Hijab Day at Paris’ elite Sciences Po? Why not a day for the girls who didn’t want to cover up and were honor killed for it? Why not a day for Muslim girls who were killed by their fathers and/or brothers for refusing to wear the hijab?
For the millions of women and girls forced to wear the cover-up, such a tribute is ghastly.
How about an Amina and Sarah Said day in Texas (where they lived)? Honor murdered; shot to death by their devout Muslim father for refusing his arranged marriage and going out with non-Muslim boys.
An Aqsa Parvez day? Honor murdered; Strangled to death by her father and brother because she didn’t want to wear the hijab.
A Jessica Mokdad day? Murdered execution style for “dishonor” in Michigan.
A Noor Almaleki day? Run over multiple times by her father for “being too American.”
An Aasiya Z. Hassan day? Beheaded by her “moderate” husband in Buffalo, NY.
Where is their day?
Jessica Mokdad (left)
They can even use my art — send those quislings this:
“‘When will there be a Sharia Day? Stoning? Slavery?’: Muslim students at elite French university under fire for Hijab Day event,” by Sara Malm, MailOnline, 20 April 2016:
Students at an elite Paris university sparked fierce debate Wednesday by inviting classmates to wear the Muslim head scarf for a day.
The event at Paris’s Sciences Po university was held to raise awareness of treatment of women who wear the hijab, but the initiative was fiercely criticised on social media and by student union representatives.
The event was held in the wake of Prime Minister Manuel Valls’ controversial statement that he wished to ban all forms of religious headscarves at French universities.
The Hijab Day Facebook page stated that the students who took part in wearing the veil for a day would ‘experience the stigmatisation experienced by veiled women in France’.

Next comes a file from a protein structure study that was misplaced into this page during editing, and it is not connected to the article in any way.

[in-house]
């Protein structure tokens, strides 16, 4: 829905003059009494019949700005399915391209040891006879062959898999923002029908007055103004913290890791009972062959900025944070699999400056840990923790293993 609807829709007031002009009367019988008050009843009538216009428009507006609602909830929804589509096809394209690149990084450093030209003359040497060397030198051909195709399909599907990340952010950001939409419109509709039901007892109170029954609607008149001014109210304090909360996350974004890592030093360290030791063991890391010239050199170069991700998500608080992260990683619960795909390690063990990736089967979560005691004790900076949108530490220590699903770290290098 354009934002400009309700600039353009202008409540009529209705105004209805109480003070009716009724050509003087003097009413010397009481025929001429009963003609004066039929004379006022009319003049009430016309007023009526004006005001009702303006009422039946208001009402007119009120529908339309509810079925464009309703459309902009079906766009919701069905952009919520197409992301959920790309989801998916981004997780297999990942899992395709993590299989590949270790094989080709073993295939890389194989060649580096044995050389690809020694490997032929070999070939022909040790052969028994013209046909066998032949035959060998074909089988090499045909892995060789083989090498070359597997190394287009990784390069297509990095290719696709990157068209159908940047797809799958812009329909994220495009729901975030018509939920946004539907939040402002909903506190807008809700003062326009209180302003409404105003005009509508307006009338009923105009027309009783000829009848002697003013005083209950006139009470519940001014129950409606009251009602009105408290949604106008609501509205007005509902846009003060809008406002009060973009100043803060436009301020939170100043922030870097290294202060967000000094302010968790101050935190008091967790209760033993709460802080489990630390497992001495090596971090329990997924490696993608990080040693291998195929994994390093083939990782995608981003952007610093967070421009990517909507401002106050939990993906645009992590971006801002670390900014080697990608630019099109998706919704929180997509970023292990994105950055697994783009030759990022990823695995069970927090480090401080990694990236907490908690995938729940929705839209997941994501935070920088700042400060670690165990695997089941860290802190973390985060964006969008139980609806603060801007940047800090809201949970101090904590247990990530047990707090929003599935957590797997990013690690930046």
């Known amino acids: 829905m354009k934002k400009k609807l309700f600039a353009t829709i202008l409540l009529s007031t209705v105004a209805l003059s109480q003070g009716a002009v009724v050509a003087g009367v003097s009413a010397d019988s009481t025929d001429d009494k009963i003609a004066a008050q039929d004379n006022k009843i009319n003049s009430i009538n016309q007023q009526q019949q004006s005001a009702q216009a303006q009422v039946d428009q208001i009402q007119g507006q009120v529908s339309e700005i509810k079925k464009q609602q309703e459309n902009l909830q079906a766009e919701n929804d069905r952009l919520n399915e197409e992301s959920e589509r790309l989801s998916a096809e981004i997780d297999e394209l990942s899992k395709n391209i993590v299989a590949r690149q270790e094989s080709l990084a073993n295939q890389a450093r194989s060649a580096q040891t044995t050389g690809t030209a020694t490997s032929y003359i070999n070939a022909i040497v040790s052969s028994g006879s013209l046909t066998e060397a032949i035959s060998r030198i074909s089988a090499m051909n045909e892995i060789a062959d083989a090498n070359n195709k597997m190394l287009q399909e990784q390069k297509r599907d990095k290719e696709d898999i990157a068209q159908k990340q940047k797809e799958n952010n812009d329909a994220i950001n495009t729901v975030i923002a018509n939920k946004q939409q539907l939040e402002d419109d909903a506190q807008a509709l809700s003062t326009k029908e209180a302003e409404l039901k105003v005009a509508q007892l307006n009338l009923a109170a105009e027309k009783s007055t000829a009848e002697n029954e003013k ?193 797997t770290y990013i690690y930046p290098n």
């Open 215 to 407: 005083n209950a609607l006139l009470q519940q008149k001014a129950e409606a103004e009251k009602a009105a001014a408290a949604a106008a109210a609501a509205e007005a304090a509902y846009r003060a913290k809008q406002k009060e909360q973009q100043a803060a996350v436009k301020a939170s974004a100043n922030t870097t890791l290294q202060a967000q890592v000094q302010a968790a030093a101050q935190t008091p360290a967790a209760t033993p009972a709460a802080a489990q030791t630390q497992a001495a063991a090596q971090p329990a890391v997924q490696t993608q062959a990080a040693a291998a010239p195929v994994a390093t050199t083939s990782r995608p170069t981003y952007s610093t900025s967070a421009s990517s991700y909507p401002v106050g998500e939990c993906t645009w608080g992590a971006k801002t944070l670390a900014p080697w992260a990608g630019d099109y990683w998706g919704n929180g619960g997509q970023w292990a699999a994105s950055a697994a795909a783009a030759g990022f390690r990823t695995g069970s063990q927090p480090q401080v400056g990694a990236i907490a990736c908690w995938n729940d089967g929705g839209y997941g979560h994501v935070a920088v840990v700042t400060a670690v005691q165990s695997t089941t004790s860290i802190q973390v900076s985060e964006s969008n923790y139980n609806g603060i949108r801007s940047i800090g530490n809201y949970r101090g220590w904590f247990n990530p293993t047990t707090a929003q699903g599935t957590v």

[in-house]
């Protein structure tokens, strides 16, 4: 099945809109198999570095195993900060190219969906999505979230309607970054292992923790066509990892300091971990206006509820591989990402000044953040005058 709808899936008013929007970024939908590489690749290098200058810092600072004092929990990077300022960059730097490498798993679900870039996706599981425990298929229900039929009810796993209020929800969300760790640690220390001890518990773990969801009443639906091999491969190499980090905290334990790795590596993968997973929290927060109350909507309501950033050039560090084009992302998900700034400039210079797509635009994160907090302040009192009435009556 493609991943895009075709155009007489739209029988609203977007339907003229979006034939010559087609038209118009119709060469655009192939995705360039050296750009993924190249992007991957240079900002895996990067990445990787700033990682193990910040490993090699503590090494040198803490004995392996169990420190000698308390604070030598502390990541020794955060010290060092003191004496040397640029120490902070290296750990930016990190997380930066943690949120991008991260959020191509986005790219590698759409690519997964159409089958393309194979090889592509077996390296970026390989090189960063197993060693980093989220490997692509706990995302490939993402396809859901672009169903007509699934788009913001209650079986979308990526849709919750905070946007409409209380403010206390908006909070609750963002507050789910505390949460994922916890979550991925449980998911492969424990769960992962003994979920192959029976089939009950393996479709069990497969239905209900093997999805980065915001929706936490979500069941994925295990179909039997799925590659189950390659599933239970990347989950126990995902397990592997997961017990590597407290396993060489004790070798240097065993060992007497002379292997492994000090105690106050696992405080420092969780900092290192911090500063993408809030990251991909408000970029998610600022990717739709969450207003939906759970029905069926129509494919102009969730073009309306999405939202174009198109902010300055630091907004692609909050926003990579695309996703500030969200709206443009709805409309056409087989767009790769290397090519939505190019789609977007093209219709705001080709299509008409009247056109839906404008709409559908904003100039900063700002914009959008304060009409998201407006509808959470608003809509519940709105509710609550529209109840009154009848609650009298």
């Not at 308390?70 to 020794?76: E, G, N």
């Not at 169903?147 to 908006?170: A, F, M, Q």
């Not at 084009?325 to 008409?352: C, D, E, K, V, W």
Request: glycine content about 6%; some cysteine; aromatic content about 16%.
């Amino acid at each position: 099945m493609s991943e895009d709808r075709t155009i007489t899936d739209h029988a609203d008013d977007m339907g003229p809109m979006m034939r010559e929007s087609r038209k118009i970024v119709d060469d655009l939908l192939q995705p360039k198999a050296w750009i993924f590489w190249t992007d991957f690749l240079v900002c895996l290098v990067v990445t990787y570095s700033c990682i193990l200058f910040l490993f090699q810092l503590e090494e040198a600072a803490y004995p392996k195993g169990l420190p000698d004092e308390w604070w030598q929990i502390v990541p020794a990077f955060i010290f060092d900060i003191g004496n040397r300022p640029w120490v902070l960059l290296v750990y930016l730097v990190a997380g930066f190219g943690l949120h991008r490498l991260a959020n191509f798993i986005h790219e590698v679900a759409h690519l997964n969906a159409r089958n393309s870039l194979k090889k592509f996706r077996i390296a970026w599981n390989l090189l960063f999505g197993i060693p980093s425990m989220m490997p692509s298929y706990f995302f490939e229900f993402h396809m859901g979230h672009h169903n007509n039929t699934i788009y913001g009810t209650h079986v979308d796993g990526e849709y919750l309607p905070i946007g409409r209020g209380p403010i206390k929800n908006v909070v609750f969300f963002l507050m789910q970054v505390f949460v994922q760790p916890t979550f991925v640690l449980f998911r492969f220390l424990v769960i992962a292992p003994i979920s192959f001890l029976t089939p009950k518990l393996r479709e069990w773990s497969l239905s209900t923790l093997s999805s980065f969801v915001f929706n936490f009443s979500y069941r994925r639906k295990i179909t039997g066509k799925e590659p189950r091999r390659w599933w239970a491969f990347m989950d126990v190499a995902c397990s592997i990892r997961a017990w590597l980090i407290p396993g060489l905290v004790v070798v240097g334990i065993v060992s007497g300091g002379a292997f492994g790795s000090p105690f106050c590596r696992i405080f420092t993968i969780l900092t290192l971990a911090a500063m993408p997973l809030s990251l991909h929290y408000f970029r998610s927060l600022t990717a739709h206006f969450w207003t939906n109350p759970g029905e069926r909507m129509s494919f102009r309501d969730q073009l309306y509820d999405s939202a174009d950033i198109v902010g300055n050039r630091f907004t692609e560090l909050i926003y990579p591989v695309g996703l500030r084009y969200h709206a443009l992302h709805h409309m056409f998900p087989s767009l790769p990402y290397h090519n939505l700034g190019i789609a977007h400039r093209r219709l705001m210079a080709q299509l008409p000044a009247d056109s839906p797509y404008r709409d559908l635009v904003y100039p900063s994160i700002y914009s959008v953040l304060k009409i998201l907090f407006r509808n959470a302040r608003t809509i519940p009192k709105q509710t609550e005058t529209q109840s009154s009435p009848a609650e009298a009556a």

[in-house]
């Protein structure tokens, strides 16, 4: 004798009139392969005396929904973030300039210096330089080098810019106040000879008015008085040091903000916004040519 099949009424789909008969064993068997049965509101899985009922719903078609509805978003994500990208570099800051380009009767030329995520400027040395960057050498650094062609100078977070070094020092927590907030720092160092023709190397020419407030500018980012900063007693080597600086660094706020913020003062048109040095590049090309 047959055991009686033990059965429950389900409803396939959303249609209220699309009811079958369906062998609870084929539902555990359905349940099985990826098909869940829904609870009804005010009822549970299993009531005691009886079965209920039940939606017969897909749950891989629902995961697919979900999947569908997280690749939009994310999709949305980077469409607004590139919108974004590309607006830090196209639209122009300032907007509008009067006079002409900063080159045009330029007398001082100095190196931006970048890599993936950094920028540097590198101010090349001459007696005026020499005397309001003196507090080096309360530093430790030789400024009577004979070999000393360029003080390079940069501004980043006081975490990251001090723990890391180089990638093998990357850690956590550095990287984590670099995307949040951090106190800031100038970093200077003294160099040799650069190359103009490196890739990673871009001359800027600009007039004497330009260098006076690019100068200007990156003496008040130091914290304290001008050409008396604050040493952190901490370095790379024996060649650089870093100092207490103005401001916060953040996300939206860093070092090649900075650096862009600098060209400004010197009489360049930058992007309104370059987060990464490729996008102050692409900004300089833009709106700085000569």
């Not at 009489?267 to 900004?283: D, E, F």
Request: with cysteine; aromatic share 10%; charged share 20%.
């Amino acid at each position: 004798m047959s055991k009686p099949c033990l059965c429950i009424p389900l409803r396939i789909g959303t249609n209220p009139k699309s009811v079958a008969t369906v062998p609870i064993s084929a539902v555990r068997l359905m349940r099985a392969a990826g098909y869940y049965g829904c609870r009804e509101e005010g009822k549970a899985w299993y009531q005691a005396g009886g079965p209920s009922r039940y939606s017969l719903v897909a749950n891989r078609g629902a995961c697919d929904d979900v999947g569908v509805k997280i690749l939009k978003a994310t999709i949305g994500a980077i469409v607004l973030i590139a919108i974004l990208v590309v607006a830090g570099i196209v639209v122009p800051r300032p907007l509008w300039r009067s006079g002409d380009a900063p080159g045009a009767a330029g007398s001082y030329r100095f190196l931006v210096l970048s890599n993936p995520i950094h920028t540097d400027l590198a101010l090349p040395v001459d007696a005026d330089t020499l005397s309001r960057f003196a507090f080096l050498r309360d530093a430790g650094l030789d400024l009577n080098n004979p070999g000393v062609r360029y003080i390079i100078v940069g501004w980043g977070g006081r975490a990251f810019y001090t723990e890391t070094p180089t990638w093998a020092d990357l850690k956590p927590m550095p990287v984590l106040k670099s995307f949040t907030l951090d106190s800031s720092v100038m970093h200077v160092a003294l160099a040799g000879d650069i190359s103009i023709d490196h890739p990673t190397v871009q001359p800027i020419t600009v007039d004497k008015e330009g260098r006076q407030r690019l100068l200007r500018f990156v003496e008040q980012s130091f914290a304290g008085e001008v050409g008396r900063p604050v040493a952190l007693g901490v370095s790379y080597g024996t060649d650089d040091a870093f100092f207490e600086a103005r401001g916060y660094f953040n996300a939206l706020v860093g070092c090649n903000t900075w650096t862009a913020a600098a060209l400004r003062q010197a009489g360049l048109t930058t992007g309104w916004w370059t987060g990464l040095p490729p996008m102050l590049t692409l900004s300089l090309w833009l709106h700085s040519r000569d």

‘It is to raise awareness, open the debate and give the floor to women who are often debated on in public but rarely heard,’ said Laetitia Demaya, one of the organisers.
The Sciences Po initiative, which trended at the top of French Twitter under the hashtag #HijabDay, drew a mixture of praise and anger.
Former agriculture minister Bruno le Maire, who now teaches at Sciences Po and is also angling for the right-wing Republicans party’s presidential nomination, expressed his ‘disapproval’ on Twitter.
‘In France women are visible. No to proselytising,’ he wrote.
Philosopher and author Bernard-Henri Levy tweeted: ‘Hijab Day at Sc Po. When will there be a sharia day? Stoning? Slavery?’
‘This is a provocation and we denounce the religious character of the event,’ Carla Sasiela, the head of the UNI student union, told The Local.
Her group said the event is a ‘total contradiction of the values of the Republic and the respect for women’s rights’.
Writing on its Facebook page, the student wing of the far-right National Front (FN) criticised an initiative coming from a ‘Parisian middle class disconnected from social reality’.
‘This initiative is particularly nauseating when women all over the world are fighting to throw off their shackles. In Iran, for example, women have acid thrown in their faces if they don’t wear the veil,’ it said.
The university distanced itself from the initiative in a statement on Twitter, saying the fact it was taking place on the campus ‘should not be interpreted as support.’
Sciences Po’s Hijab Day was held just days after France’s Prime Minister Manuel Valls said he wants all forms of Muslim headscarves to be banned in universities.
In an interview with the daily newspaper, Liberation, Prime Minister Valls said France should ‘protect’ French Muslims from extremist ideology.
He said the headscarf, when worn for political reasons, oppresses women and is not ‘an object of fashion or consumption like any other.’
Asked whether to outlaw headscarves in universities, Mr Valls is quoted as saying ‘it should be done, but there are constitutional rules that make this ban difficult.’
The wearing of full-face veils in public spaces has been banned under French law since April 2011.
The 2010 ‘Act prohibiting concealment of the face in public space’, applies not only full-face veils or burqas worn by some Muslim women, but all face-covering headgear, including masks, helmets and balaclavas.
The only exceptions are when ordered otherwise under French law – such as motorbike helmets while riding or for work requiring the face to be covered for health and safety reasons.
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